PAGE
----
Antimatter are substances composed of atoms made up of elementary particles that have the mass and charge of electrons, protons, or neutrons, their counterparts in ordinary matter, but for which the charge is opposite in sign. Such particles are called positrons (e+), antiprotons (p), and antineutrons (), or, collectively, antiparticles (Fraser 56). Matter and antimatter cannot coexist at close range for more than a small fraction of a second because they annihilate each other with release of large quantities of energy. It has been suggested that some distant galaxies may be composed entirely of antimatter. The concept of antimatter first arose in analysis of the duality between positive and negative charge. The work of P.A.M. Dirac on the energy states of the electron led to the prediction and, finally, to laboratory production of a particle identical in every respect but one to the electron, that is, with positive instead of negative charge. Such a particle, called the positron (e+), is not found in ordinary matter (Feinberg 45). The life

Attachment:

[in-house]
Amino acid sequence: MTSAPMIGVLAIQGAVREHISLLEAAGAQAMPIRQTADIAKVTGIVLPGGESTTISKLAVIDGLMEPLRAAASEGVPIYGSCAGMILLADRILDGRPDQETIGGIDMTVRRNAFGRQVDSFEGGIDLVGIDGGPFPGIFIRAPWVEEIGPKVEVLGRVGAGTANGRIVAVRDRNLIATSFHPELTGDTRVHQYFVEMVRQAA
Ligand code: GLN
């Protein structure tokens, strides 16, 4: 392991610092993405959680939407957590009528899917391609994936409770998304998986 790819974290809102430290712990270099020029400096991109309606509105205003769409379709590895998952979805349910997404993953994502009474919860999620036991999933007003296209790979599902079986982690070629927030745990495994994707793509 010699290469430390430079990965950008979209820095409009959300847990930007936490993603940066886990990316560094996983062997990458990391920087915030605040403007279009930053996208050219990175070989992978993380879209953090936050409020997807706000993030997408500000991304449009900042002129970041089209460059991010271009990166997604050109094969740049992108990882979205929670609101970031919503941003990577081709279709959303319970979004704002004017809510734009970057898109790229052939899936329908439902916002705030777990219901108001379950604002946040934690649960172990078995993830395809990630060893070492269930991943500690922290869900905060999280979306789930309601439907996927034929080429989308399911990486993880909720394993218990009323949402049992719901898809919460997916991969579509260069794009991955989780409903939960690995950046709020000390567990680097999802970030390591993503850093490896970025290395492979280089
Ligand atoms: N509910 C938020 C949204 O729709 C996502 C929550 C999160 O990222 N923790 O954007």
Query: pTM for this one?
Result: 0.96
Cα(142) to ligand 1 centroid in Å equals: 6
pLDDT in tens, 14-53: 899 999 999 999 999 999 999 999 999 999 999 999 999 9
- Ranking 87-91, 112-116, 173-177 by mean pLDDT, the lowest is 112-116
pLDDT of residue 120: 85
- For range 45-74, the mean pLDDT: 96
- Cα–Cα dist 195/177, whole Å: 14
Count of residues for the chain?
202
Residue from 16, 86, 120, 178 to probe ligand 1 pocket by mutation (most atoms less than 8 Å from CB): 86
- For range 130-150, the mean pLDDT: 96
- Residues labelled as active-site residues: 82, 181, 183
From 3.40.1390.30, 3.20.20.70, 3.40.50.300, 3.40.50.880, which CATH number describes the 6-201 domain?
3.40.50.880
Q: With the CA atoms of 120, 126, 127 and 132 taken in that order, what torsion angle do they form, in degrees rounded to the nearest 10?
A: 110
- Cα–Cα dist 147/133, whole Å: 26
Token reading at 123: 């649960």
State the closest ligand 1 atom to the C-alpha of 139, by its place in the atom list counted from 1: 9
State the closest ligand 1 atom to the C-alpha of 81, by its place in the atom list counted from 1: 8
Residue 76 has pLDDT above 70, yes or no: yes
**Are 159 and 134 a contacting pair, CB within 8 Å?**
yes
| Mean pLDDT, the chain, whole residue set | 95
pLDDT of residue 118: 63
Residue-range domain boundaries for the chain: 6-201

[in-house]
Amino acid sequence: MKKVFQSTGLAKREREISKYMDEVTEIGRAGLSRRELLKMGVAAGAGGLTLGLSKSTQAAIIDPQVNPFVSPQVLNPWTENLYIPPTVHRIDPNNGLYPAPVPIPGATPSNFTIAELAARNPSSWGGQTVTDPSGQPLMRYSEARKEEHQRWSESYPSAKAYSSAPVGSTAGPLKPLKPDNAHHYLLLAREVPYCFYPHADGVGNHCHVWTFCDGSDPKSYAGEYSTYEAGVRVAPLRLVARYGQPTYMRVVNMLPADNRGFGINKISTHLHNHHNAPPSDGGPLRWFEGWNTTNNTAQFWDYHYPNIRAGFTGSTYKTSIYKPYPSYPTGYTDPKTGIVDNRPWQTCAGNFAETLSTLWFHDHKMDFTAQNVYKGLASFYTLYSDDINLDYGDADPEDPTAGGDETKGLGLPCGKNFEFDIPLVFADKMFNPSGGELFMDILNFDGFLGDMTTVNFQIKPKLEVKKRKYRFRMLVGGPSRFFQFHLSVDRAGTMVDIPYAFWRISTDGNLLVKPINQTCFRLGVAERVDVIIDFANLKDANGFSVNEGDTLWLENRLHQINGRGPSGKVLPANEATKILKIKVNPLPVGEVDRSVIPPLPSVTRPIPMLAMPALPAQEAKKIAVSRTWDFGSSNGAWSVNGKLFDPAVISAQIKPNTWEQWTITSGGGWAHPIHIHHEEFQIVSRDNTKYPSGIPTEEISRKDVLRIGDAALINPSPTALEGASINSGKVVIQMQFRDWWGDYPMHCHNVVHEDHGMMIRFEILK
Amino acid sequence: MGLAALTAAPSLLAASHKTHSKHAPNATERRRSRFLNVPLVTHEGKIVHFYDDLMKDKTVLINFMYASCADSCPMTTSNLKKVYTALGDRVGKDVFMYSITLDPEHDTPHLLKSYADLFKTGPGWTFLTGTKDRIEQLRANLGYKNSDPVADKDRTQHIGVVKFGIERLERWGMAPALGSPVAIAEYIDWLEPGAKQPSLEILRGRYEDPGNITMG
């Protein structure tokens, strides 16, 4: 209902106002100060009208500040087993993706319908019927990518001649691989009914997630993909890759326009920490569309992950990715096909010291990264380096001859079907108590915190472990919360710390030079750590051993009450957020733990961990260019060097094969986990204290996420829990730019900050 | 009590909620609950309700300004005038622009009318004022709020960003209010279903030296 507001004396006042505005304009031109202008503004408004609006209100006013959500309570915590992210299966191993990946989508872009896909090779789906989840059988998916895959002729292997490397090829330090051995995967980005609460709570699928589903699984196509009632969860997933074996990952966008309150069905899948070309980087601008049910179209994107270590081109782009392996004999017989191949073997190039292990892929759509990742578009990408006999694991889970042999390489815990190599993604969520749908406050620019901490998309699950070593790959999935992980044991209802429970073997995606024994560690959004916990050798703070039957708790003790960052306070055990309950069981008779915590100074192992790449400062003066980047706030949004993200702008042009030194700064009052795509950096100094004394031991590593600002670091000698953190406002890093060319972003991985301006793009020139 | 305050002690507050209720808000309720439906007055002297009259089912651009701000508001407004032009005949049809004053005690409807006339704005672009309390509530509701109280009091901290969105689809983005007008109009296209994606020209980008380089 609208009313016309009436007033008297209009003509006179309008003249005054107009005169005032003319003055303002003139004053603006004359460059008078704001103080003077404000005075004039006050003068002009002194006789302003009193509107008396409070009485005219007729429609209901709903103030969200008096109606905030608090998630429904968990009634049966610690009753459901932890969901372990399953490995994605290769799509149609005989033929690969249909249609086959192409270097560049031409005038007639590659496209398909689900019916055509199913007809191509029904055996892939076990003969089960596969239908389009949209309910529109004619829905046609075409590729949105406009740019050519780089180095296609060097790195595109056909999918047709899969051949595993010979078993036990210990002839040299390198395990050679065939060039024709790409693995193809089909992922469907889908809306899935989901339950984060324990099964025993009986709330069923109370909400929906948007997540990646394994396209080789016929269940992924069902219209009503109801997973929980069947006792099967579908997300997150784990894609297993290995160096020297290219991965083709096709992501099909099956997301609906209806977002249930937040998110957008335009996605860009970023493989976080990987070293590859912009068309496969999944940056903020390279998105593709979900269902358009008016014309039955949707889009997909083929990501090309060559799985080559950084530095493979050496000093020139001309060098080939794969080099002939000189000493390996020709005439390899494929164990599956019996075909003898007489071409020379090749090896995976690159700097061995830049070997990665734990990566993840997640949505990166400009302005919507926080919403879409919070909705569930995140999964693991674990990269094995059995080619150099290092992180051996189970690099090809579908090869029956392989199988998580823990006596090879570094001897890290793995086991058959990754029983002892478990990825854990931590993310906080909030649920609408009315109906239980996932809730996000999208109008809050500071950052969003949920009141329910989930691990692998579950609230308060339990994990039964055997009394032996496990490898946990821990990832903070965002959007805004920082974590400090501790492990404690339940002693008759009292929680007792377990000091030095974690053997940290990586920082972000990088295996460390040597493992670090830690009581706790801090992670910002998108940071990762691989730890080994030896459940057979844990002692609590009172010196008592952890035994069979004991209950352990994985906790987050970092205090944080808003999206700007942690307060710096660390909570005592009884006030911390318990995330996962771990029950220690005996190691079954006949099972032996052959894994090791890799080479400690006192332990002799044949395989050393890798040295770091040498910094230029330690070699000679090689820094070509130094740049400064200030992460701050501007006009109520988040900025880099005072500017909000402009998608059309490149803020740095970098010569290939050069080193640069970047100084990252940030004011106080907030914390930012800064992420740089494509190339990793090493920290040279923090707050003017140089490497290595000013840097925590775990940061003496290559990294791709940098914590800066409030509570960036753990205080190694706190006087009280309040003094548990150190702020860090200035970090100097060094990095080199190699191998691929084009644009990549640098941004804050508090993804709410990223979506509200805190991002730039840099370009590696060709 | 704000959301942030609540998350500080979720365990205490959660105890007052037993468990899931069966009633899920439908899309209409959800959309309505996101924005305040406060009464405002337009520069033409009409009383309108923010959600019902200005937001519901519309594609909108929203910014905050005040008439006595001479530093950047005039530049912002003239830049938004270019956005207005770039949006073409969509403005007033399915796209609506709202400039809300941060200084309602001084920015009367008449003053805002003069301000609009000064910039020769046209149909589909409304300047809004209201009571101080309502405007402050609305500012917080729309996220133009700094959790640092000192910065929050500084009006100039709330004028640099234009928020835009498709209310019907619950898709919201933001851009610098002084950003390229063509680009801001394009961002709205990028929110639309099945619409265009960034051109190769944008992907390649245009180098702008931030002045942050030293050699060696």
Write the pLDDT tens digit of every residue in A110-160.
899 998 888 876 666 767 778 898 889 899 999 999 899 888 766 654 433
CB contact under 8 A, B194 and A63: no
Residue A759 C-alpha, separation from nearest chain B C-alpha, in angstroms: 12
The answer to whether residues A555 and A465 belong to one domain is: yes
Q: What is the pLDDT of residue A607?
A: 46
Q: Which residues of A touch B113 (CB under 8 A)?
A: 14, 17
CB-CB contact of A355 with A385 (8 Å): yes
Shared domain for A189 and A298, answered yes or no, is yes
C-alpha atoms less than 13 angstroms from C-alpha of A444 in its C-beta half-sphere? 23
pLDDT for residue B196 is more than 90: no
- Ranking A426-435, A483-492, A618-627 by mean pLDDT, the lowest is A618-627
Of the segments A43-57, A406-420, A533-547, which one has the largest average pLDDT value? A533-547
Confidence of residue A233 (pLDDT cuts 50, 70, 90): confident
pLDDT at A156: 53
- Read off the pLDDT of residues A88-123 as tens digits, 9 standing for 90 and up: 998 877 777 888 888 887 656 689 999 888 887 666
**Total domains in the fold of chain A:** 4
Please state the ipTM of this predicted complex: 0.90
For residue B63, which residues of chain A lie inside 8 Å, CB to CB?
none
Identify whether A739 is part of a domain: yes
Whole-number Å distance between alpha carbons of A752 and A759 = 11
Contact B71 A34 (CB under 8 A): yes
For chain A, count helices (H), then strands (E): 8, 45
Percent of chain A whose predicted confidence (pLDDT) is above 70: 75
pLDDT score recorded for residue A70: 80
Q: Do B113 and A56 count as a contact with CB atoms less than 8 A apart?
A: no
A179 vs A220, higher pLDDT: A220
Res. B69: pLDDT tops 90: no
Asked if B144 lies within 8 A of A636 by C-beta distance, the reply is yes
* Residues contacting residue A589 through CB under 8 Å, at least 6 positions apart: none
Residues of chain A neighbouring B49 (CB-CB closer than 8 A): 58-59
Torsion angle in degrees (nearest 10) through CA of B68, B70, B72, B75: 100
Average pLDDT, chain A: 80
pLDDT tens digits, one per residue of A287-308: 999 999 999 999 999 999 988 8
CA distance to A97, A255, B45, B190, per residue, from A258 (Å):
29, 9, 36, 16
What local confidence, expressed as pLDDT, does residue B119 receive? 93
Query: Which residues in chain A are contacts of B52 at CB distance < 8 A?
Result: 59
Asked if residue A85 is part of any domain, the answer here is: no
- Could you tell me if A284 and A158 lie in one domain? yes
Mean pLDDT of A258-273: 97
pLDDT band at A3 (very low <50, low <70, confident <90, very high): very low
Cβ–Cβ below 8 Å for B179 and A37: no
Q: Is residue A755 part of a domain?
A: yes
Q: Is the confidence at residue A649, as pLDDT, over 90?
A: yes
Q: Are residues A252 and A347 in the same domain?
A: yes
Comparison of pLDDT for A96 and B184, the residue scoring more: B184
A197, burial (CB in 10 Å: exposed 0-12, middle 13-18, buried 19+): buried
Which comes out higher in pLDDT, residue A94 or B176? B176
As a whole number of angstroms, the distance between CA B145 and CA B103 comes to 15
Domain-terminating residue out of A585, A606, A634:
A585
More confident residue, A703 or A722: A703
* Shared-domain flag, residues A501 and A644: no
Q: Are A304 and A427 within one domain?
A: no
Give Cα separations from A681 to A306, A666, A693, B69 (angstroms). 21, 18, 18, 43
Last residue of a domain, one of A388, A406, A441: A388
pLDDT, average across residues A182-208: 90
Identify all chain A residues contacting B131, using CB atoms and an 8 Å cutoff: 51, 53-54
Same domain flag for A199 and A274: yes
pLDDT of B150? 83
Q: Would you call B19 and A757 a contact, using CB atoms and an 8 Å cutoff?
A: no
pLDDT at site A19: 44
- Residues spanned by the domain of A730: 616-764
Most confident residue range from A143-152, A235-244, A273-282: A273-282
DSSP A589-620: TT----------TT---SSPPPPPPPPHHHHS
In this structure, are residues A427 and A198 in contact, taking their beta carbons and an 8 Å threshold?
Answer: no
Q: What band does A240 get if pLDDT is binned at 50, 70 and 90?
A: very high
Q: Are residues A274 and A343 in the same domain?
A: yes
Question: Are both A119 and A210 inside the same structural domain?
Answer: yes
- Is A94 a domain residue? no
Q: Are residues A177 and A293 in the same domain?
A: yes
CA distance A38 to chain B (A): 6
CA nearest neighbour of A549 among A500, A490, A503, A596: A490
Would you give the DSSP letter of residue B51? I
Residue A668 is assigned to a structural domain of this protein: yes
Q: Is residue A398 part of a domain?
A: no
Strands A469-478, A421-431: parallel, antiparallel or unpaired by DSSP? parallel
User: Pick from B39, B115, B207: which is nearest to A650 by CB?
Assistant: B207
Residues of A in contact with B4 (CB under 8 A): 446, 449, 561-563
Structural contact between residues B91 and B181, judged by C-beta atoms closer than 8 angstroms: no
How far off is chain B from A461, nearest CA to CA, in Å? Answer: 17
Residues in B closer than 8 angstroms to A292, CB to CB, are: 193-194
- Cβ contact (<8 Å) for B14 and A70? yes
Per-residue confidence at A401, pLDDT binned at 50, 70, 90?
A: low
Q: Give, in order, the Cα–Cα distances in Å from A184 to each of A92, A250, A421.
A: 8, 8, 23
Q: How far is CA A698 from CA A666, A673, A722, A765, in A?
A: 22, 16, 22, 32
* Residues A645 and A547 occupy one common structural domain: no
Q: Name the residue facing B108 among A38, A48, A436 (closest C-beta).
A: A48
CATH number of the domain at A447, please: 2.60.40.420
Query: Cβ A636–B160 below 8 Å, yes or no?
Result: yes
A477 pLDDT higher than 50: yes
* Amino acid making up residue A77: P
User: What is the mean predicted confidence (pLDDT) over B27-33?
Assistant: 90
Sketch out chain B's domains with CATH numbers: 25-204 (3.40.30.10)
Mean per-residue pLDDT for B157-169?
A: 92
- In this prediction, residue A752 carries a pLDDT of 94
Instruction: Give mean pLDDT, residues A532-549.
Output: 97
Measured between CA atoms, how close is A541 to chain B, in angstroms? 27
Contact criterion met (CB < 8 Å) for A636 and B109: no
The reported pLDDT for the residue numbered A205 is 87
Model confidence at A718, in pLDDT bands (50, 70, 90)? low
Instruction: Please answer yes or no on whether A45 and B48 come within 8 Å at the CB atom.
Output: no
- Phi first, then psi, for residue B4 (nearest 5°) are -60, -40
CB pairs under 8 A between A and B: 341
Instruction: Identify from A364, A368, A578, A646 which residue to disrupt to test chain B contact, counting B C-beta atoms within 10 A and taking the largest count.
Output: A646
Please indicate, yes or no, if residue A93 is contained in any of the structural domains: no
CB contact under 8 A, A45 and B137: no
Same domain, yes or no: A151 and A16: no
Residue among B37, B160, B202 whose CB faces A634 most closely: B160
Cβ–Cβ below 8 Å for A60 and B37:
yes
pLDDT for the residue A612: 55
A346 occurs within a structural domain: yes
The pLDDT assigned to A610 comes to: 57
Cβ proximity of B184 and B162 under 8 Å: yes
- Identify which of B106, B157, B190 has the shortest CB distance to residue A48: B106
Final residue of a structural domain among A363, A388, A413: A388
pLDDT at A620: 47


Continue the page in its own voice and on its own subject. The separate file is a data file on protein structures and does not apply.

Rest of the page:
expectancy or duration of the positron in ordinary matter is very short. Unless the positron is moving extremely fast, it will be drawn close to an ordinary electron by the attraction between opposite charges. A collision between the positron and electron results in their simultaneous disappearance, their masses being converted into energy in accordance with the Einstein relation E = mc2, where c is the velocity of light. This process is called annihilation, and the resultant energy is emitted in the form of high-energy quanta of electromagnetic radiation or gamma rays. The inverse reaction e+ + e- can also proceed under appropriate conditions, and the process is called electron-positron creation (Martin 143). This last process is the one commonly used to produce positrons in the laboratory. The electrical properties of antimatter are opposite to those of ordinary matter; thus, for example, the antiproton (p) has a negative charge,